Use this URL to cite or link to this record in EThOS: http://ethos.bl.uk/OrderDetails.do?uin=uk.bl.ethos.625119
Title: Essays on intermediation in trade problems
Author: Çeliktemur, Mustafa Can
ISNI:       0000 0004 5361 5383
Awarding Body: London School of Economics and Political Science (University of London)
Current Institution: London School of Economics and Political Science (University of London)
Date of Award: 2014
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Abstract:
This thesis studies the theory of intermediation in trade problems arising from the allocation of a single indivisible object. Chapter I considers a general trade problem with a single seller and multiple buyers. I analyze a game, where multiple intermediaries compete with each other by designing contracts that determine the terms of trade between the bargaining parties. I show the existence and uniqueness of equilibrium outcomes. Repeating the analysis for the case of a single monopolist intermediary, I compare the equilibrium outcomes and show that allocative efficiency is strictly improved as a result of the competition among intermediaries. Chapter II considers a bilateral trade problem with two-sided asymmetric information where the buyer’s valuation may depend on the private information of both bargaining parties. I analyze the impact of intermediation by a profit-maximizing intermediary in a game, where the seller has the ability to trade directly with the buyer. I provide a necessary and sufficient condition for the equilibrium outcomes with the presence of an intermediary to be strictly more efficient than those that are attainable in its absence. Lastly, in Chapter III, similar to the previous chapter, bilateral trade problems with informational externalities arising from interdependences are considered. I analyze a game, where the seller designs a contract at ex-ante stage before learning his private information. I characterize the optimal mechanisms and show that they attain second-best outcomes. The Pareto optimality of ex-ante contracting in the absence of an intermediary, in turn presents a natural limit to the benefits to be accrued from intermediation.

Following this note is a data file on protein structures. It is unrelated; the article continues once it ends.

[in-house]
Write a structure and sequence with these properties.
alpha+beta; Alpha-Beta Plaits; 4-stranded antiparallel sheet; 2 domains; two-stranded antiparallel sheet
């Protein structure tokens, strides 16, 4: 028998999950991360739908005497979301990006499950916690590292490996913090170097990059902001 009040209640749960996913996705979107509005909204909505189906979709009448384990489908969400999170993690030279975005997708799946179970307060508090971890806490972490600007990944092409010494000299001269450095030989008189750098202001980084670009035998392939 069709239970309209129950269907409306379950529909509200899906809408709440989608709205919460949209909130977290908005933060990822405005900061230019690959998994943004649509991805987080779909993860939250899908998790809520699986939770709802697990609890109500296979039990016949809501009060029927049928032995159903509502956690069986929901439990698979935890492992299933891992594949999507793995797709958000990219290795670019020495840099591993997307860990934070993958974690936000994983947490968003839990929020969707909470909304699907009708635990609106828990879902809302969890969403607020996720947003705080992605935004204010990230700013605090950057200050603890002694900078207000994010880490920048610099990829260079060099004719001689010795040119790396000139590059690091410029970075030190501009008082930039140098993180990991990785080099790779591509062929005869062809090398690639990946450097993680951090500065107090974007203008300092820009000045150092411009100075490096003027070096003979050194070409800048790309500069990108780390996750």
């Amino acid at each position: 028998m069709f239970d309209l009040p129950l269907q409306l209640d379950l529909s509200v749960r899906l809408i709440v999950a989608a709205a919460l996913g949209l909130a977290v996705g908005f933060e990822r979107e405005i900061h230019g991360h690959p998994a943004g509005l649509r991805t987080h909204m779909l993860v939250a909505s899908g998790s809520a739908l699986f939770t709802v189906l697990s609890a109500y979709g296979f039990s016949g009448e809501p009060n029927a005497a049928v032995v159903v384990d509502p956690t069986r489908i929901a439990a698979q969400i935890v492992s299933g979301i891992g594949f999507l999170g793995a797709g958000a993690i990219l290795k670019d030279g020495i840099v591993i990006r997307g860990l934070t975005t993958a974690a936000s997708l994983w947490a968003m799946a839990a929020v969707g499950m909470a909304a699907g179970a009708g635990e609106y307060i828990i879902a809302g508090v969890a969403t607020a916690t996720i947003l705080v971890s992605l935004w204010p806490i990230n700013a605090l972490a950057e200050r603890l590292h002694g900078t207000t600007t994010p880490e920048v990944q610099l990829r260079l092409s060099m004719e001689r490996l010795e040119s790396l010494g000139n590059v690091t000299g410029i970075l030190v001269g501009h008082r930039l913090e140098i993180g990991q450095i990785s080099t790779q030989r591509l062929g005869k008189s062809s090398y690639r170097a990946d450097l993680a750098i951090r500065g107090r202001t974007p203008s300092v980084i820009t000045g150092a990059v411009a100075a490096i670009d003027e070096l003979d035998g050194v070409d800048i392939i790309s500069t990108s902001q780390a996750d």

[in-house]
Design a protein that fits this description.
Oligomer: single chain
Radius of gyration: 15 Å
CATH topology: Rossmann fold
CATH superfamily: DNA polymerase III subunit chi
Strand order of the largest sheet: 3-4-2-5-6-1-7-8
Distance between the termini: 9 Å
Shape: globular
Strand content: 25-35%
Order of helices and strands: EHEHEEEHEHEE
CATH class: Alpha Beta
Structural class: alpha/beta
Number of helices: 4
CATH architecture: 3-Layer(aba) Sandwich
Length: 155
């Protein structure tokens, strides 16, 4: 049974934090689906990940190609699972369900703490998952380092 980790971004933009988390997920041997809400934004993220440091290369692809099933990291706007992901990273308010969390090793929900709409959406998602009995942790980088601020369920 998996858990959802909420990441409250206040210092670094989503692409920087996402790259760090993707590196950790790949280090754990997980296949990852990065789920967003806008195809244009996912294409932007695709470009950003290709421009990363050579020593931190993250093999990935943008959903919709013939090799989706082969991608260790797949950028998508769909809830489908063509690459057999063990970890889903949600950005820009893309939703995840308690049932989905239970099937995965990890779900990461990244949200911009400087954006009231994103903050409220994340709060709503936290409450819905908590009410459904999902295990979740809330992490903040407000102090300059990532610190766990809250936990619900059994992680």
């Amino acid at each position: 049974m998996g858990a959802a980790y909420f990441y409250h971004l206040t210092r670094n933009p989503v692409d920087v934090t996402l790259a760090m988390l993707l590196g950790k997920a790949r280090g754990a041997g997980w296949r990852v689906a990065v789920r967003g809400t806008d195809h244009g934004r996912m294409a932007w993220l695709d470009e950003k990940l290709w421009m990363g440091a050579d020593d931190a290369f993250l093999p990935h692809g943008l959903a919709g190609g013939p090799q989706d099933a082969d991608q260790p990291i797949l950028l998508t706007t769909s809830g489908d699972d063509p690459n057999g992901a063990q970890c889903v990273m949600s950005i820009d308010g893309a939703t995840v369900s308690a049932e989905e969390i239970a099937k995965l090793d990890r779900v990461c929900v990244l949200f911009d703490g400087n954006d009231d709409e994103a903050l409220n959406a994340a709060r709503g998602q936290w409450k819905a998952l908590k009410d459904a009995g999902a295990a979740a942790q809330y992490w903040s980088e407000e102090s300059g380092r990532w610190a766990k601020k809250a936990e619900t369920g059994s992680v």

Supervisor: Not available Sponsor: Not available
Qualification Name: Thesis (Ph.D.) Qualification Level: Doctoral
EThOS ID: uk.bl.ethos.625119  DOI: Not available
Keywords: HB Economic Theory
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